NEW DELHI (AFP) - Rallies were held in India's capital Tuesday (Feb 28) in support of a student who received rape threats over her controversial remarks on Pakistan after being mocked online by celebrities, including cricketer Virender Sehwag.
Hundreds of students from several colleges in New Delhi took to the streets to protest against the threats and recent campus violence, amid an ongoing debate on nationalism and fears of the muzzling of freedom of speech under Prime Minister Narendra Modi's government.
"My nationalism is beyond your claustrophobic nationalism," read a placard at the rally, with protesters shouting slogans against the right-wing student group linked to Modi's Hindu nationalist party.
The latest controversy was triggered after a 20-year-old student Gurmehar Kaur criticised the Akhil Bharatiya Vidhyarthi Parishad (ABVP) students' union over its role in campus violence.
This was followed by a video post which read: "Pakistan did not kill my dad, war killed him."
Kaur's father, a captain in the Indian army, was killed in an attack on a military camp near the de facto border with Pakistan in 1999.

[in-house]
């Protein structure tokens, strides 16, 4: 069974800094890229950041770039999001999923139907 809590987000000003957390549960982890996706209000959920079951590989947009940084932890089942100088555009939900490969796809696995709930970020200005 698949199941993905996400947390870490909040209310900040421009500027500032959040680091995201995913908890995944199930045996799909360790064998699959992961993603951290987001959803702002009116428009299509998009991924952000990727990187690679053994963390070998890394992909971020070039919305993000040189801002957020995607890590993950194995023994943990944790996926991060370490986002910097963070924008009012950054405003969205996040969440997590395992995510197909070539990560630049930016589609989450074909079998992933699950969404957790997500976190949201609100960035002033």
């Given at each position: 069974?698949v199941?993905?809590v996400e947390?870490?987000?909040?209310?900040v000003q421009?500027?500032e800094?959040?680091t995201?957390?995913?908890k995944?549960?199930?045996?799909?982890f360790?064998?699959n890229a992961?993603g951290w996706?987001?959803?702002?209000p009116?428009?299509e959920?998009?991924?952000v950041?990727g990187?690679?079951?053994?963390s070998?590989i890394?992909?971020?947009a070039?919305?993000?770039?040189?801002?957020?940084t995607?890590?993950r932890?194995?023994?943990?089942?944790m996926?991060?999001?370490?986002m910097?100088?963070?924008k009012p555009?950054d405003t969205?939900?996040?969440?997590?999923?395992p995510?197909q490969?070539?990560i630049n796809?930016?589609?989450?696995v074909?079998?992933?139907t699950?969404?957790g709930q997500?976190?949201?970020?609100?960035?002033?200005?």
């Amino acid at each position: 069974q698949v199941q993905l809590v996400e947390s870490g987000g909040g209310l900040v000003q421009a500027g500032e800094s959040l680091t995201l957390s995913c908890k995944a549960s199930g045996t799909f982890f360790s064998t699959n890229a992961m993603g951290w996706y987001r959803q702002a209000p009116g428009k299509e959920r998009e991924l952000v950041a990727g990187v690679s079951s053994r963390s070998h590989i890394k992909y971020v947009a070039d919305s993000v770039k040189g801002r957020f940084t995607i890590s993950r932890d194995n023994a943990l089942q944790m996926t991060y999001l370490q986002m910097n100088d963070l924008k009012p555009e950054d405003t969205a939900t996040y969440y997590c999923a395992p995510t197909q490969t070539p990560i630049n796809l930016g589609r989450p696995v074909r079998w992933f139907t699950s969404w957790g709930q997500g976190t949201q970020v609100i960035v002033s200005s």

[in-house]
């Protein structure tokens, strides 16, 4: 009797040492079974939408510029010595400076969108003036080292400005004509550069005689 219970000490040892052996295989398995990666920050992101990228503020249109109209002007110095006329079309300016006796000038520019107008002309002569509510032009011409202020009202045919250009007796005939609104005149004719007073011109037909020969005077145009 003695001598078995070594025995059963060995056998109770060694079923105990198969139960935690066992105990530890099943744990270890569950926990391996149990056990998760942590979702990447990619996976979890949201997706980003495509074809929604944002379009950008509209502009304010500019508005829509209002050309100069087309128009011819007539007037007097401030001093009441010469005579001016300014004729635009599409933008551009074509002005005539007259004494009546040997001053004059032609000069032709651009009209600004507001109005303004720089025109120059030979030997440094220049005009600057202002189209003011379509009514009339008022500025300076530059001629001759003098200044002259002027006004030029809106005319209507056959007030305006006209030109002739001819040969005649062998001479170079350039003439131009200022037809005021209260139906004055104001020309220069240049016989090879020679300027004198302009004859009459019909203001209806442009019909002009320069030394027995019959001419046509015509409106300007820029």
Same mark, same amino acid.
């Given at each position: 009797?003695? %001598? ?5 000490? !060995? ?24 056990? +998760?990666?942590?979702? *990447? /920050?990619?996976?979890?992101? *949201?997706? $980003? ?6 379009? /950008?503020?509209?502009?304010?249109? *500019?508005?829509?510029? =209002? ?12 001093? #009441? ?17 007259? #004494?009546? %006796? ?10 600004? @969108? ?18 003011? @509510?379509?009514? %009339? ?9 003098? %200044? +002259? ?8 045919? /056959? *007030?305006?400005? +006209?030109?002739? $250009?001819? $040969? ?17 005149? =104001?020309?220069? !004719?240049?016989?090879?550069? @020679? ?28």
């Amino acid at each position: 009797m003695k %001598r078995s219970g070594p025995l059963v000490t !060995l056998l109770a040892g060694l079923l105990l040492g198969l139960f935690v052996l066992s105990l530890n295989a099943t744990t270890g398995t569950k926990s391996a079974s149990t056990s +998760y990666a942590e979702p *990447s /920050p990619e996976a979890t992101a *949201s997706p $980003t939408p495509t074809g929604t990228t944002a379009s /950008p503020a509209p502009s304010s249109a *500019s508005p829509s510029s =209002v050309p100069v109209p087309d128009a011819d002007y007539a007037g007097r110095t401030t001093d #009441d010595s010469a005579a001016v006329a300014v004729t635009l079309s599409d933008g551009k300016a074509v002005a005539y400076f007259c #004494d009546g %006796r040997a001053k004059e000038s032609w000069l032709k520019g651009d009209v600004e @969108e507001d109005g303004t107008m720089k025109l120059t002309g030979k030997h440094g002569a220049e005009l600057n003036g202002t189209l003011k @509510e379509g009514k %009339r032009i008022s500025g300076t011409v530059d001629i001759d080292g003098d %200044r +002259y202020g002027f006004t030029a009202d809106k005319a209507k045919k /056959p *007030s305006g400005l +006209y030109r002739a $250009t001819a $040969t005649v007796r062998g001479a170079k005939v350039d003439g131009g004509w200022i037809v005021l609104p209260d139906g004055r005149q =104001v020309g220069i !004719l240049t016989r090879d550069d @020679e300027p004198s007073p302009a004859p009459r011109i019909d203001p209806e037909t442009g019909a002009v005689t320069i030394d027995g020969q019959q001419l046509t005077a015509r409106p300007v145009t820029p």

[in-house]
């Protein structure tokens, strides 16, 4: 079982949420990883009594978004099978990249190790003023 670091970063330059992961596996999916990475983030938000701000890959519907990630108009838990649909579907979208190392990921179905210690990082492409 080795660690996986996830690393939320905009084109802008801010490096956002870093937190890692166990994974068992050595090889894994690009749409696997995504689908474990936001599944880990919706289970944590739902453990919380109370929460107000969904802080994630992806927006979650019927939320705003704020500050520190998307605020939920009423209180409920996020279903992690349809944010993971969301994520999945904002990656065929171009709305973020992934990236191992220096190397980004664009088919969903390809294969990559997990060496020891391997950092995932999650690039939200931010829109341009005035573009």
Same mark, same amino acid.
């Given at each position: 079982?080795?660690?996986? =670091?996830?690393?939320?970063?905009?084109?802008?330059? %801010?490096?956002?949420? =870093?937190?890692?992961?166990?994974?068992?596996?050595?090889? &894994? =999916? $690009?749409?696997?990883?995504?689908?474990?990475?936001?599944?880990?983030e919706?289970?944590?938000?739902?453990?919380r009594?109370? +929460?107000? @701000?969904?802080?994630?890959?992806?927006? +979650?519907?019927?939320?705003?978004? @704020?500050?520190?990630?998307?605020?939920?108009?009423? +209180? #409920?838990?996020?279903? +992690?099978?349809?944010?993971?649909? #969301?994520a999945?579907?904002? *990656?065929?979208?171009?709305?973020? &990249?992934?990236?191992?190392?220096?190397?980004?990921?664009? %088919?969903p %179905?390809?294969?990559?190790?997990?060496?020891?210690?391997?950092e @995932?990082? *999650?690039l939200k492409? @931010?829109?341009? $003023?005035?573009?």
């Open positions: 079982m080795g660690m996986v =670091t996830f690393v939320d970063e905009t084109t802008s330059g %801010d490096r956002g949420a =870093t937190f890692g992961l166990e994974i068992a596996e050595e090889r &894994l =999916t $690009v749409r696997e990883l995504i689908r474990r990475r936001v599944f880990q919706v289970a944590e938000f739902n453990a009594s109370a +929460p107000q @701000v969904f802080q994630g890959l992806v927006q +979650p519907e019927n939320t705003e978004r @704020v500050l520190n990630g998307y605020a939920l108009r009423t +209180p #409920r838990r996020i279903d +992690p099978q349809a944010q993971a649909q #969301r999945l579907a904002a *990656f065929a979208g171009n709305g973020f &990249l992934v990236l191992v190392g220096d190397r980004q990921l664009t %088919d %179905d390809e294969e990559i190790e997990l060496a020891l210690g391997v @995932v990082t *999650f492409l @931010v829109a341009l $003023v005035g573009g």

But her olive branch approach to India's nuclear-armed arch-rival led users to lampoon her, including celebrities such as Sehwag.
He retorted with a Twitter post saying: "I didn't score two triple centuries, my bat did."
The post by Sehwag - one of India's all-time leading run-scorers before he retired in 2015 - went viral on social media, with many trolling the 20-year-old student online and threatening her with physical violence.
"I have been getting a lot of threats on social media. I think it is very scary when people threaten you with violence and rape," she told the NDTV network.
Asked about how felt towards Sehwag, she replied: "Honestly, this just breaks your heart because these are people you grow up looking up to."
Critics of Modi's government say that nationalist sentiment has grown sharply during his premiership and authorities too often turn a blind eye when right-wing groups respond aggressively to any show of dissent.
The Hindustan Times said Tuesday that the threats against Kaur represented "an attack on the fundamental right to express an opinion which the likes of the ABVP and its backers do not find comfortable".
"It has become the norm to intimidate students, writers, professors, filmmakers and journalists to name a few when they express an independent opinion in any medium," it said in an editorial.